130
-8
00
133
12
129
00
01
02
Unemployment peaking
03
04
05
06
07
08
09
10
Inflation subdued
Unemployment Rate
Percent
11
Seasonally adjusted
PCE Price Inflation
Percent
5
Percent change from four quarters earlier
Nov.
10
Overall PCE
Price Index
9
4
FRBSF
Forecasts
8
Q3
7
FRBSF
Forecast
2
Core PCE
Price Index
6
5
1
0
4
3
78
82
86
90
94
98
02
06
10
14
-1
00
01
Consumption reasonably solid
Real Personal Consumption Expenditures
02
03
04
05
06
07
08
09
10
11
12
Auto sales holding up
Percent
10
3-month percent change at annual rate
3
Light Vehicle Sales
Millions
22
Seasonally adjusted annual rate
8
20
6
Oct.
18
4
16
2
14
0
Nov.
-2
10
-4
-6
00
01
02
03
04
05
06
07
08
09
10
12
2005
2006
2007
2008
2009
8
2010
1
Housing sector bottomed?
Conforming mortgage rates very low
Home Sales
Mortgage Rate and Agency MBS Spread
Thousands; seasonally adjusted annual rate
Weekly
1600
Percent
9
6500
Existing Homes Sold
(right scale)
1400
1200
8
30-year Conforming
Mortgage Rate
6000
7
6
5500
5
1000
5000
800
New Homes Sold
(left scale)
600
4
12/3
Spread of Current Coupon Agency MBS
over 10-year Treasury
4500
Oct.
3
2
4000
400
1
Avg. 2000-2007
200
0
3500
00
01
02
03
04
05
06
07
08
09
00
10
01
Corporate Bond Rates
Percent
25
Nov.
20
04
05
06
07
08
09
10
Corporate Earnings
2000
Billions of dollars
1600
1200
250
S&P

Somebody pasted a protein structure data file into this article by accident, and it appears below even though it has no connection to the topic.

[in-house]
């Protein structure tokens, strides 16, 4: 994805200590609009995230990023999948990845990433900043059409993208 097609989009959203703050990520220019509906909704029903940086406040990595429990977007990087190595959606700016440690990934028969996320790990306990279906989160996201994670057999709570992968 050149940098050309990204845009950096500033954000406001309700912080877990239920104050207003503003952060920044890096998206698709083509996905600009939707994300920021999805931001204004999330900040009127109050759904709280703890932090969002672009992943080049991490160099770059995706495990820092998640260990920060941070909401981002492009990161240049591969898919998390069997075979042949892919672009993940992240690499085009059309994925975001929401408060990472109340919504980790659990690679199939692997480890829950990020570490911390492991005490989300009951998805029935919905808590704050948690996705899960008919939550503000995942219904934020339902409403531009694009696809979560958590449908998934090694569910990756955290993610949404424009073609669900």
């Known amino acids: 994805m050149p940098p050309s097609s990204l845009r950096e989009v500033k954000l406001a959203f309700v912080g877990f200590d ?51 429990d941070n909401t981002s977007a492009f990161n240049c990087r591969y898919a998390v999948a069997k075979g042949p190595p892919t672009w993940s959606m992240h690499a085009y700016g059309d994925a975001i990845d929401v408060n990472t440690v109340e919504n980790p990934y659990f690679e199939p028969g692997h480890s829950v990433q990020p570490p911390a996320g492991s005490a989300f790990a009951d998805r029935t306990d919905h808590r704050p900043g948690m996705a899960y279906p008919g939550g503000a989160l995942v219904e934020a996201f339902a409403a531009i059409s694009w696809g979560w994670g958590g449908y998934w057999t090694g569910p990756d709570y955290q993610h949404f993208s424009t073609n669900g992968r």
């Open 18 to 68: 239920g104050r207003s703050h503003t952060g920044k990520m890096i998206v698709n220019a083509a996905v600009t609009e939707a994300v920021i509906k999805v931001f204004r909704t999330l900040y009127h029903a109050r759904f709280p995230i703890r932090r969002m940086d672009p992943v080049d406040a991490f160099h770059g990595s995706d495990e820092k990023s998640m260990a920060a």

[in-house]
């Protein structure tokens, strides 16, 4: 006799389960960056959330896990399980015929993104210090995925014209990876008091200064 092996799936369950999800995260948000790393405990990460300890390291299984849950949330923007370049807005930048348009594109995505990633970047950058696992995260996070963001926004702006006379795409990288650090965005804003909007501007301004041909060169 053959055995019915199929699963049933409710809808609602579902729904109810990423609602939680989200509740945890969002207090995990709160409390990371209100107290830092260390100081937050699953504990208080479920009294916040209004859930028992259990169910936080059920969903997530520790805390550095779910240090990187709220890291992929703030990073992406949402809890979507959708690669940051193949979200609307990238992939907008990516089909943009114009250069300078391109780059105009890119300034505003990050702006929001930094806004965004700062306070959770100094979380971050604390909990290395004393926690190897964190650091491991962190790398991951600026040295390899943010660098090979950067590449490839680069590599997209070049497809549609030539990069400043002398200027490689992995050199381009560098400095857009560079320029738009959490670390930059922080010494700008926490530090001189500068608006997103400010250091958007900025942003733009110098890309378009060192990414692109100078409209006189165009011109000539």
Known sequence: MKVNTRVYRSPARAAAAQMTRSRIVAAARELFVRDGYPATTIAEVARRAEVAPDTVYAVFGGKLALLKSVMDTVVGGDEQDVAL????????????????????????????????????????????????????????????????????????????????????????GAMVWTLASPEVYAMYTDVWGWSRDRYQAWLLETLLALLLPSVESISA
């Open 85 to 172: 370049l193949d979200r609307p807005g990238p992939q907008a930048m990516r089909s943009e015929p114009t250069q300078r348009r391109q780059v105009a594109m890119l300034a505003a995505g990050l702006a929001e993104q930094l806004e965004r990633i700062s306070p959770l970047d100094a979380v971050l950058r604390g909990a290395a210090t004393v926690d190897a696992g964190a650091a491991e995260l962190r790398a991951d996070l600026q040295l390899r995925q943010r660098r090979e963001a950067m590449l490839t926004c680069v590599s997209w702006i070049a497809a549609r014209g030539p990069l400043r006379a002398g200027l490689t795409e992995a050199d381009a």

Forecast
NIPA Economic
Profits before tax,
seasonally adjusted
(left scale)
15
High-Yield
03
Corporate profits rebound
Credit spreads narrow, but remain elevated
Monthly close
02
200
150
Q3
800
100
10
BAA
S&P 500
Operating Earnings
(right scale)
400
5
10-yr. Treasury
0
50
0
AAA
0
86
88
90
92
94
96
98
00
02
04
06
08
10
Stock prices advance, lifting valuation
S&P 500 Index and P/E Ratio
70
60
Monthly close; P/E ratio based on last four quarters earnings
1600
S&P 500 Index
(right scale)
Commodity prices increase briskly
Commodity Price Indices
Index
650
Weekly
Futures
1200
12/1
1000
40
P/E Ratio
(left scale)
800
Nov.
20
10
-50
88 90 92 94 96 98 00 02 04 06 08 10
1400
50
30
-400
450
Spot Industrials
350
600
400
Average
0
54 58 62 66 70 74 78 82 86 90 94 98 02 06 10
250
Spot Foodstuffs
200
0
550
150
91
93
95
97
99
01
03
Source: Commodity Research Bureau
05
07
09
2